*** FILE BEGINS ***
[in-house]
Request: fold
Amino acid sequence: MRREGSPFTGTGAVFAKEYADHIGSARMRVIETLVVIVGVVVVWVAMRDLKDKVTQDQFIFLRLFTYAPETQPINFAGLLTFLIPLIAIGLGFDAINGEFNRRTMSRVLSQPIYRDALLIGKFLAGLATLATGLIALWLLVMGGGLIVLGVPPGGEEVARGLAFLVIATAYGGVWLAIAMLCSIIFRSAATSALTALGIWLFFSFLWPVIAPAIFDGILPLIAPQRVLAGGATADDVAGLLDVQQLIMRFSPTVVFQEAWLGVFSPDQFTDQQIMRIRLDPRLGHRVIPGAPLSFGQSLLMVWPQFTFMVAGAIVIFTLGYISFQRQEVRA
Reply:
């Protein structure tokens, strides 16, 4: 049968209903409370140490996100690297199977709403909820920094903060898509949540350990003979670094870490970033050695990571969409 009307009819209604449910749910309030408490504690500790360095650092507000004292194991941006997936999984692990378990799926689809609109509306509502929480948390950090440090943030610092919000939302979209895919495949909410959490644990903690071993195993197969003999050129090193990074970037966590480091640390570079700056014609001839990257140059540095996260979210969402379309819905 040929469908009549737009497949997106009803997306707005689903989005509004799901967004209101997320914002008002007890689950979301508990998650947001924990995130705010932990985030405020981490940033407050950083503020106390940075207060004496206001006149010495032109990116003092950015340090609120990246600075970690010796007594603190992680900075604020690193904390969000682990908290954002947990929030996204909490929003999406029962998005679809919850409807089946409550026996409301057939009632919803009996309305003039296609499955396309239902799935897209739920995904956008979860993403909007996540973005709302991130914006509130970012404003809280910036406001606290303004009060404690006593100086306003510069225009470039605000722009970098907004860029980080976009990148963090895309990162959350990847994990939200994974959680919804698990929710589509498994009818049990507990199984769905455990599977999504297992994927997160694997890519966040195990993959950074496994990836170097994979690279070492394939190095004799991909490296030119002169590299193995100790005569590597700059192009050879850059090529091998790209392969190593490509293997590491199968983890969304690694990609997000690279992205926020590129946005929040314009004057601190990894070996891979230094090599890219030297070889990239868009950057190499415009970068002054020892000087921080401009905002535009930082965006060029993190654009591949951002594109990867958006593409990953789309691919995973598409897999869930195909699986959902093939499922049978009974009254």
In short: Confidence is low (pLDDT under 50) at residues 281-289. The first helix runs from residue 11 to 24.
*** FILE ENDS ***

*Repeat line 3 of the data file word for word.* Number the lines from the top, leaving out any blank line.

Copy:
Amino acid sequence: MRREGSPFTGTGAVFAKEYADHIGSARMRVIETLVVIVGVVVVWVAMRDLKDKVTQDQFIFLRLFTYAPETQPINFAGLLTFLIPLIAIGLGFDAINGEFNRRTMSRVLSQPIYRDALLIGKFLAGLATLATGLIALWLLVMGGGLIVLGVPPGGEEVARGLAFLVIATAYGGVWLAIAMLCSIIFRSAATSALTALGIWLFFSFLWPVIAPAIFDGILPLIAPQRVLAGGATADDVAGLLDVQQLIMRFSPTVVFQEAWLGVFSPDQFTDQQIMRIRLDPRLGHRVIPGAPLSFGQSLLMVWPQFTFMVAGAIVIFTLGYISFQRQEVRA